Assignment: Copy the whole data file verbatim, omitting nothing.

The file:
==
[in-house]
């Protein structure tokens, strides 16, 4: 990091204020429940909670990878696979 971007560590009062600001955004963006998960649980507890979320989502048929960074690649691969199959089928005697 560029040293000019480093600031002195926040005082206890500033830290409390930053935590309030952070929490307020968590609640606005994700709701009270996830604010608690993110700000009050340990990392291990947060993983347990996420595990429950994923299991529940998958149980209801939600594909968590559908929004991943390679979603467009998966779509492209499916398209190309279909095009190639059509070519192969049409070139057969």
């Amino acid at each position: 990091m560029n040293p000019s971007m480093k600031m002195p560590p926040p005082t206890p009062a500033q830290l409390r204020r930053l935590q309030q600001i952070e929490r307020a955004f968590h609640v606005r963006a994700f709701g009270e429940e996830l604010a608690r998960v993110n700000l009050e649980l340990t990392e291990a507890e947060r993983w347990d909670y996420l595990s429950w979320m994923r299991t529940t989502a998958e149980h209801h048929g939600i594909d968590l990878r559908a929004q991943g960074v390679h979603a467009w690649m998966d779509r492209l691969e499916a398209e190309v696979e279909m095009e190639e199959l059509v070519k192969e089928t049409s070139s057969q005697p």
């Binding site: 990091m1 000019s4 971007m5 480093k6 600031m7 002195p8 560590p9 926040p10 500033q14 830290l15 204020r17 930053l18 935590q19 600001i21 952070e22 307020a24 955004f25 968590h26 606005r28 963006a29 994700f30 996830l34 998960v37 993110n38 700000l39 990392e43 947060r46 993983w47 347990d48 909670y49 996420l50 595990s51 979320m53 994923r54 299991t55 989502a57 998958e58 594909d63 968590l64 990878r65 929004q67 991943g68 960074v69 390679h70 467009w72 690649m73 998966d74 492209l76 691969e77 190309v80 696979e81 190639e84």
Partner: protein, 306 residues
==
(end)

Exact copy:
[in-house]
């Protein structure tokens, strides 16, 4: 990091204020429940909670990878696979 971007560590009062600001955004963006998960649980507890979320989502048929960074690649691969199959089928005697 560029040293000019480093600031002195926040005082206890500033830290409390930053935590309030952070929490307020968590609640606005994700709701009270996830604010608690993110700000009050340990990392291990947060993983347990996420595990429950994923299991529940998958149980209801939600594909968590559908929004991943390679979603467009998966779509492209499916398209190309279909095009190639059509070519192969049409070139057969």
């Amino acid at each position: 990091m560029n040293p000019s971007m480093k600031m002195p560590p926040p005082t206890p009062a500033q830290l409390r204020r930053l935590q309030q600001i952070e929490r307020a955004f968590h609640v606005r963006a994700f709701g009270e429940e996830l604010a608690r998960v993110n700000l009050e649980l340990t990392e291990a507890e947060r993983w347990d909670y996420l595990s429950w979320m994923r299991t529940t989502a998958e149980h209801h048929g939600i594909d968590l990878r559908a929004q991943g960074v390679h979603a467009w690649m998966d779509r492209l691969e499916a398209e190309v696979e279909m095009e190639e199959l059509v070519k192969e089928t049409s070139s057969q005697p």
């Binding site: 990091m1 000019s4 971007m5 480093k6 600031m7 002195p8 560590p9 926040p10 500033q14 830290l15 204020r17 930053l18 935590q19 600001i21 952070e22 307020a24 955004f25 968590h26 606005r28 963006a29 994700f30 996830l34 998960v37 993110n38 700000l39 990392e43 947060r46 993983w47 347990d48 909670y49 996420l50 595990s51 979320m53 994923r54 299991t55 989502a57 998958e58 594909d63 968590l64 990878r65 929004q67 991943g68 960074v69 390679h70 467009w72 690649m73 998966d74 492209l76 691969e77 190309v80 696979e81 190639e84």
Partner: protein, 306 residues